Three Things to Look for In a California Financial Advisor
You have finally reached a level of income and assets that you need to find a conveniently-located financial advisor in California to get you to the next level of wealth building. Congratulations, because that is a good problem to have. The right financial advisor can not only steer you in the right direction, they can also do something for you that you probably never thought necessary; they can teach you about your own money. Like it or not, you can be, and probably are, your own worst enemy when it comes to managing your money.
The laws are different on the West Coast, so you are going to want a California financial advisor, not a voice on the other end of the telephone and on the other end of the continent. Beyond very specific advice, here are some general guidelines that will help you find the professional help that is right for you:
Right or wrong, consciously or unconsciously, an advisor who works on commission can have their judgment clouded by an individual transaction. Instead, look for an advisor that charges a fee instead of a commission. Do not be fooled by advisors who tout their service as fee-based, which simply means they charge a fee and a commission.
One resource you can use to find a fee-only or hourly financial advisor is the National Association of Personal Finance Advisors.
It comes as an unpleasant surprise to many seeking financial management; the only requirement to be able to legally give financial advice or to buy and sell assets is a passing mark on a test about securities law. If they are going to going to sell insurance, they will also need an insurance license. Just about everything else is mere filler.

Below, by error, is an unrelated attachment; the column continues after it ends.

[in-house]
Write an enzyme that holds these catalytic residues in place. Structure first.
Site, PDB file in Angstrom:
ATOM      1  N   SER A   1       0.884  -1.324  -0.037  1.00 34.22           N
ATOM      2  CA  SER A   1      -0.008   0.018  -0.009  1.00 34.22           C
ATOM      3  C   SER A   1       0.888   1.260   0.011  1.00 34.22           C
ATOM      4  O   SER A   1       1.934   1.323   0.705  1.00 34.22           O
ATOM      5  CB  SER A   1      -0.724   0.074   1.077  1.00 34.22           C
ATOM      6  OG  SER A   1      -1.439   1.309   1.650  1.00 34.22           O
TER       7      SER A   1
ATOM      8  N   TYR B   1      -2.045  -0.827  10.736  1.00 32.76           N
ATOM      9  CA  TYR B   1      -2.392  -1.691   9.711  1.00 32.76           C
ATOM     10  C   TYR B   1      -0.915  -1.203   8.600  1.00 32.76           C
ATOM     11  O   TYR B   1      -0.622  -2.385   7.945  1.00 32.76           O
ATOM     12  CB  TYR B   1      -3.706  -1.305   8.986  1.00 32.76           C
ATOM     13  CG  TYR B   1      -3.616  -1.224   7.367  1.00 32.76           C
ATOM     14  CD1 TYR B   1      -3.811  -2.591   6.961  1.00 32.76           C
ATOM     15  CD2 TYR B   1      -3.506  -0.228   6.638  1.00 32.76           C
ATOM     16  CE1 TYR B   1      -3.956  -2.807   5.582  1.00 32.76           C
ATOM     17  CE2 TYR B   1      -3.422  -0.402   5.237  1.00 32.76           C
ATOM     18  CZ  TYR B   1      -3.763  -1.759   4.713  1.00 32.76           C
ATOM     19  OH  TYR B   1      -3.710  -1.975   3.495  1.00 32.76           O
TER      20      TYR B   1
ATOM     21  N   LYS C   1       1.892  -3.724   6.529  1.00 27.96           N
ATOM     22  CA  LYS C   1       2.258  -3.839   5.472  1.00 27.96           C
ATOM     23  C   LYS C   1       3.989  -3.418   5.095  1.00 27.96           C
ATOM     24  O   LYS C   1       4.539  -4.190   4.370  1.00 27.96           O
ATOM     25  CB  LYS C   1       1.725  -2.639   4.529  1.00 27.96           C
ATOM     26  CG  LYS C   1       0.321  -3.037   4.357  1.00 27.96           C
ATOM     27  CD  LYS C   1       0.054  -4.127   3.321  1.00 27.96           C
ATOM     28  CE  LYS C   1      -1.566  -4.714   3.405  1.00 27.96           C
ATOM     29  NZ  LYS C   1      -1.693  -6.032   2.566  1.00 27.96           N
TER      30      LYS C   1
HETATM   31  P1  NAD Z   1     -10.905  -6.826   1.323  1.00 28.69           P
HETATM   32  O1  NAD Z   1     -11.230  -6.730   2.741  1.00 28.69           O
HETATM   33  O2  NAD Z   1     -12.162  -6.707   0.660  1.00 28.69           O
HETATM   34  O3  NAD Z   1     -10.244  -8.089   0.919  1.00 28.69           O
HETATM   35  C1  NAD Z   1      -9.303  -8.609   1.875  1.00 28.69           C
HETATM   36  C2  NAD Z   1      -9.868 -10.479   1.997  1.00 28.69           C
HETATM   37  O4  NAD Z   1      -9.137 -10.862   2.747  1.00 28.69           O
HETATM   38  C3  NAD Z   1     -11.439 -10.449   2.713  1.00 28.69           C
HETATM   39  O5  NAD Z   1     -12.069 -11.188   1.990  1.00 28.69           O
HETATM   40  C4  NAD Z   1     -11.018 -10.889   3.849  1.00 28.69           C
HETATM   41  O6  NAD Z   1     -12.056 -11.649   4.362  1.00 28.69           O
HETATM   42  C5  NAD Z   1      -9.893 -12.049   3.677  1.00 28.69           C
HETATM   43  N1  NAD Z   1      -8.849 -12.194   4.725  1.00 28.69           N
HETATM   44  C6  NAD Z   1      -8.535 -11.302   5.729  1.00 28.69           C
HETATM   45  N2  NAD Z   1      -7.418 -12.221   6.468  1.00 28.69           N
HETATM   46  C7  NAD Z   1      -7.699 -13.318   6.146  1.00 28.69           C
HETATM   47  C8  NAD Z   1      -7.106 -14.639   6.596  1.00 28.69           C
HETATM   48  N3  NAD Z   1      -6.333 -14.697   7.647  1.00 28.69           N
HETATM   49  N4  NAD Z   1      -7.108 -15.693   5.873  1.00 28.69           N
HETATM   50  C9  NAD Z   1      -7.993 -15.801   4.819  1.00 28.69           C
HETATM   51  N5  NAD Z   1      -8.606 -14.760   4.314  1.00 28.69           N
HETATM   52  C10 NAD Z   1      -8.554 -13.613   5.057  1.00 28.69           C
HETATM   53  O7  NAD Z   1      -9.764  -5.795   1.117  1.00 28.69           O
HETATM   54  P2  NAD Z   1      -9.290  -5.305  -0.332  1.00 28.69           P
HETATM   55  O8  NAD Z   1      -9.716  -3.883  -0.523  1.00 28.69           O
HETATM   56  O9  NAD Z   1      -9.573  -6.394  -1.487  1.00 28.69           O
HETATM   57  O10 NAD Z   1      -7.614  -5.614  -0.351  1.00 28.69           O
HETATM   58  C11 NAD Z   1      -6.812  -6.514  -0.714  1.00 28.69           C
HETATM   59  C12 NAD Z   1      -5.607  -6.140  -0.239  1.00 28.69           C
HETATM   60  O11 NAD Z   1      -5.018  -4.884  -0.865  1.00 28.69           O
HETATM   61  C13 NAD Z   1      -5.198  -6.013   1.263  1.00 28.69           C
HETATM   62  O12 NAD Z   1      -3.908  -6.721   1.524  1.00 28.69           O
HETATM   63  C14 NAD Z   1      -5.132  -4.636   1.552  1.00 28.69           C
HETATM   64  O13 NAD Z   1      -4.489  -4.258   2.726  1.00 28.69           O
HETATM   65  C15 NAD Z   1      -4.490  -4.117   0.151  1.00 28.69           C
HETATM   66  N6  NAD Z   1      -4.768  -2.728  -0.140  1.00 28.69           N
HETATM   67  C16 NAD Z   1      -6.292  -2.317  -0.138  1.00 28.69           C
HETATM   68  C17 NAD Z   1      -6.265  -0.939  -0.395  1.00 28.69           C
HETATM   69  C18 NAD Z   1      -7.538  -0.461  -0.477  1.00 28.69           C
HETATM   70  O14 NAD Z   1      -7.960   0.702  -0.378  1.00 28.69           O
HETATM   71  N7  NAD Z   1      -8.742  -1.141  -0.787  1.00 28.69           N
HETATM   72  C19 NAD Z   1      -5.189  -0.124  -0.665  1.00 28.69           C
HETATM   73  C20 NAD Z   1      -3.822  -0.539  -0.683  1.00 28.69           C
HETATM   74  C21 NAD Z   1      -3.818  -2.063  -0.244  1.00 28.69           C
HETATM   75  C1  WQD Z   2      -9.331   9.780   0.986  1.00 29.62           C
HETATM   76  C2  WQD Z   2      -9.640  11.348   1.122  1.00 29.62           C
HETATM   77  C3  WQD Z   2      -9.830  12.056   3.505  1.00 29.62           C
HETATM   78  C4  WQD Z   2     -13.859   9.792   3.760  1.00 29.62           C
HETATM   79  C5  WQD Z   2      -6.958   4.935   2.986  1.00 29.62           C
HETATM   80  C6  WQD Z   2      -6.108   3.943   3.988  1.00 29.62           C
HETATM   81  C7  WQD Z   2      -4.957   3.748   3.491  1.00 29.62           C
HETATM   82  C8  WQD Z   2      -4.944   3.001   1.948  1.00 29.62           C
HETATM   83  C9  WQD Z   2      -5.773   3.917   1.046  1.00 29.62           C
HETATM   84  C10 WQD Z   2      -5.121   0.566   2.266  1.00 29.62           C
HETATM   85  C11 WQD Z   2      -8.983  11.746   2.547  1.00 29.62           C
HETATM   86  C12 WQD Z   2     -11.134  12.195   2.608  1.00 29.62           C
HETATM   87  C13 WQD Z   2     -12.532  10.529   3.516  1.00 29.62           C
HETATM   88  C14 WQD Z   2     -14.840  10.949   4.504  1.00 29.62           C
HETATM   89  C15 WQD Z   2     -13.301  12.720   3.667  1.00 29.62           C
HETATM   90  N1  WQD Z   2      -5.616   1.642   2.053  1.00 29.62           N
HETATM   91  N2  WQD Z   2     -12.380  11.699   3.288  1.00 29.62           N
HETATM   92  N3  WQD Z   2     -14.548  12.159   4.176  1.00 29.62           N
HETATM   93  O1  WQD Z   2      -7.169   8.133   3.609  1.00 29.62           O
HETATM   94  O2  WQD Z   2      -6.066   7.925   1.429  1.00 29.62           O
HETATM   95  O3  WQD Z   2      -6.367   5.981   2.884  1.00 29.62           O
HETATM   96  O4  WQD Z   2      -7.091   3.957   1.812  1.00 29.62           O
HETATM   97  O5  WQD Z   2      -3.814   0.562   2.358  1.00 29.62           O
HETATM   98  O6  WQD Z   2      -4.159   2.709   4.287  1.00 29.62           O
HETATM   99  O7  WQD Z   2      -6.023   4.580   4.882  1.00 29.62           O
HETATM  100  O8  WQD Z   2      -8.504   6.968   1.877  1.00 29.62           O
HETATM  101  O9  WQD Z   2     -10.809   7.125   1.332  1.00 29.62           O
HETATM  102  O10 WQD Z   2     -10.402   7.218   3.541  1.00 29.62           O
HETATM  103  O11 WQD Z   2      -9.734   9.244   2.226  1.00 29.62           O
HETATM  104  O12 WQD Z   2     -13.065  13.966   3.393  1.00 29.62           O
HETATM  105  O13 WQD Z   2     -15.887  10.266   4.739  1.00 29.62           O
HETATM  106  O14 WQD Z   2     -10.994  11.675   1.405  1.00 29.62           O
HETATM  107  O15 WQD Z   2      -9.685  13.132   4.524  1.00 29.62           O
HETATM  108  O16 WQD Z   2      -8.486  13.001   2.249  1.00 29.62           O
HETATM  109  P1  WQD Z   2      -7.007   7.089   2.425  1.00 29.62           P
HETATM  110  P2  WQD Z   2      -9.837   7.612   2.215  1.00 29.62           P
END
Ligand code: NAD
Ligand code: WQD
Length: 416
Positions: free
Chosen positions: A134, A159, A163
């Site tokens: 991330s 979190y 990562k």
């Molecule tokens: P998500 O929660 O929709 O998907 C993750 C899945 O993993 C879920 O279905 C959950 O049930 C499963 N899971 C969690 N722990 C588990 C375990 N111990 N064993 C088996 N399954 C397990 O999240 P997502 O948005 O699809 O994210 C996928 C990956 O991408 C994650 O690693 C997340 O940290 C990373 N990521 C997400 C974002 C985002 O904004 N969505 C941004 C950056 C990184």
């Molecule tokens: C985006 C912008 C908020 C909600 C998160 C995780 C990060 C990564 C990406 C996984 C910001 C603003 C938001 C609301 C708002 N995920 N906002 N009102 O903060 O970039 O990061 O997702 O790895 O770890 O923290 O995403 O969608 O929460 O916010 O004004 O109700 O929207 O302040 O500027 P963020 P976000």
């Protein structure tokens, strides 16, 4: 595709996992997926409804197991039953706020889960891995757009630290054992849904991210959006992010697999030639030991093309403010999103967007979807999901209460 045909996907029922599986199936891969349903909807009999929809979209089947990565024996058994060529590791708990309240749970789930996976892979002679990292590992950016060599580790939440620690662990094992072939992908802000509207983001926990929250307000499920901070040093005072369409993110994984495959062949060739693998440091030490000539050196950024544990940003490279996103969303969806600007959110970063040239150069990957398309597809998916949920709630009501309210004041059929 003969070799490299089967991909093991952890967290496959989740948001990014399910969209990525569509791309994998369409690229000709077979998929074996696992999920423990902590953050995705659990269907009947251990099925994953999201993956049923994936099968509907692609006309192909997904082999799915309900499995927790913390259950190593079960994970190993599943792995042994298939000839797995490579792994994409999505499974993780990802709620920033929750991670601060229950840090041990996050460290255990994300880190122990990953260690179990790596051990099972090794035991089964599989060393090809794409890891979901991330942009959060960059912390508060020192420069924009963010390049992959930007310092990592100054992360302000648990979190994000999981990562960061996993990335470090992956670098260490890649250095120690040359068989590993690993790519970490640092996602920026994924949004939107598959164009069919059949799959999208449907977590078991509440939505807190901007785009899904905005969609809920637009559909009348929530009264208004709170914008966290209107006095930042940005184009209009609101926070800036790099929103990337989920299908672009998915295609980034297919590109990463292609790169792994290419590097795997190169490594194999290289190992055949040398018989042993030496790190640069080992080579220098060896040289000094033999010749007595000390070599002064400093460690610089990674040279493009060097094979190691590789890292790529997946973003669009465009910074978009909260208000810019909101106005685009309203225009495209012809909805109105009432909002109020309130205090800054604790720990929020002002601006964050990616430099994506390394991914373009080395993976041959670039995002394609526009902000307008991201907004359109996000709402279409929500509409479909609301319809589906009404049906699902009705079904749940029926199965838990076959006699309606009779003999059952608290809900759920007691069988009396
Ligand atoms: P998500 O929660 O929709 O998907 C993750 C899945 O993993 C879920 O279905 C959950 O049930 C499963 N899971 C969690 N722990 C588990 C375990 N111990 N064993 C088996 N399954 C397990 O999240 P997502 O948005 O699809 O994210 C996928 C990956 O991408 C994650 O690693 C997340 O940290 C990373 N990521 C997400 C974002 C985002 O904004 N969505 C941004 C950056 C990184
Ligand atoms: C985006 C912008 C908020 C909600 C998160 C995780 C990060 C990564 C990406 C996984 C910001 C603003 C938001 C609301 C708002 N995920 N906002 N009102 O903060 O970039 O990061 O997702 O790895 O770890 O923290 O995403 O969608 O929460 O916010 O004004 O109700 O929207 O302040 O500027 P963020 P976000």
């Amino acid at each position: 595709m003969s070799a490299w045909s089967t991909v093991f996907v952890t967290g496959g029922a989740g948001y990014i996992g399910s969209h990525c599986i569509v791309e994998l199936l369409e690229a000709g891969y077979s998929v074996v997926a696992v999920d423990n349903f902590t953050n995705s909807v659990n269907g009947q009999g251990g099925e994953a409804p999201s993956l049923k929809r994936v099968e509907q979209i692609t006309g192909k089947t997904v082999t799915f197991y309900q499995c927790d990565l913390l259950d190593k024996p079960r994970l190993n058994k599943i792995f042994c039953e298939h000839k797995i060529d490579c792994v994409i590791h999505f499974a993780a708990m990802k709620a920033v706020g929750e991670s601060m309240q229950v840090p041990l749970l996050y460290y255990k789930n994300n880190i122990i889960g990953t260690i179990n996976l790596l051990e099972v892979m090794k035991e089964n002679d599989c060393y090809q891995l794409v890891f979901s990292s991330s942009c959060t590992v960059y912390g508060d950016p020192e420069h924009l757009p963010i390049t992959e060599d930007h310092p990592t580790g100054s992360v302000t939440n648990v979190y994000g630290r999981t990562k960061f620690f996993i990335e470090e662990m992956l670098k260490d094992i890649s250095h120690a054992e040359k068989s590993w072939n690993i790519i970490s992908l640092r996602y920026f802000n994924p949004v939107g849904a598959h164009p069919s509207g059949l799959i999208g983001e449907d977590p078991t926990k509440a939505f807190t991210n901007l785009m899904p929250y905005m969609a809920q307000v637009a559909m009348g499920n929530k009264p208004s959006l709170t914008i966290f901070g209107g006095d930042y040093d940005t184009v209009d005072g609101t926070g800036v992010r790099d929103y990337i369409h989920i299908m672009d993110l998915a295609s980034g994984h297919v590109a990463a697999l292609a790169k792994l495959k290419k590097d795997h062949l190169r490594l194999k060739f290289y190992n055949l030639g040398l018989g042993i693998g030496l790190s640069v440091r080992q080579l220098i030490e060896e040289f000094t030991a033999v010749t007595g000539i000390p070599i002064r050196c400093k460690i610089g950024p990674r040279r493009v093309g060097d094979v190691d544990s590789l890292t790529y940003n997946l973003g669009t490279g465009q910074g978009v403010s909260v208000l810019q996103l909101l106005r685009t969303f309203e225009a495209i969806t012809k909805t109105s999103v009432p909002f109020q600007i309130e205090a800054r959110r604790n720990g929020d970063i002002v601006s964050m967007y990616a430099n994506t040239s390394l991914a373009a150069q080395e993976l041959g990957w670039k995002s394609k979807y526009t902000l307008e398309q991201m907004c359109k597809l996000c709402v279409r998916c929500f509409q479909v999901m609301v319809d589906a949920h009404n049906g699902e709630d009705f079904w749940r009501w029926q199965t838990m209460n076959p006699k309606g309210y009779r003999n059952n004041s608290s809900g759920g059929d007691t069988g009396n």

The one designation that still retains meaning is CFP, which means that the recipient has underwent a thorough background check, has passed a comprehensive test covering all aspects of financial planning, and has at least three years of experience in the field. To maintain that rating, they must enroll in continuing education to stay current.
The Voice of Experience
The generally accepted length of the financial business cycle is seven to eleven years. Therefore, if you only consider hiring a California financial advisor who has served in that capacity for at least ten years, you will have the advantage of working with someone who has experienced firsthand the peaks and valleys of the investment landscape. When it is your money on the line, a cool and steady hand is what is called for.
There are risks associated with any investment plan, and past success is not an absolute predictor of future performance. But by following these three simple guidelines, you can maximize your chances of safe and steady financial growth.
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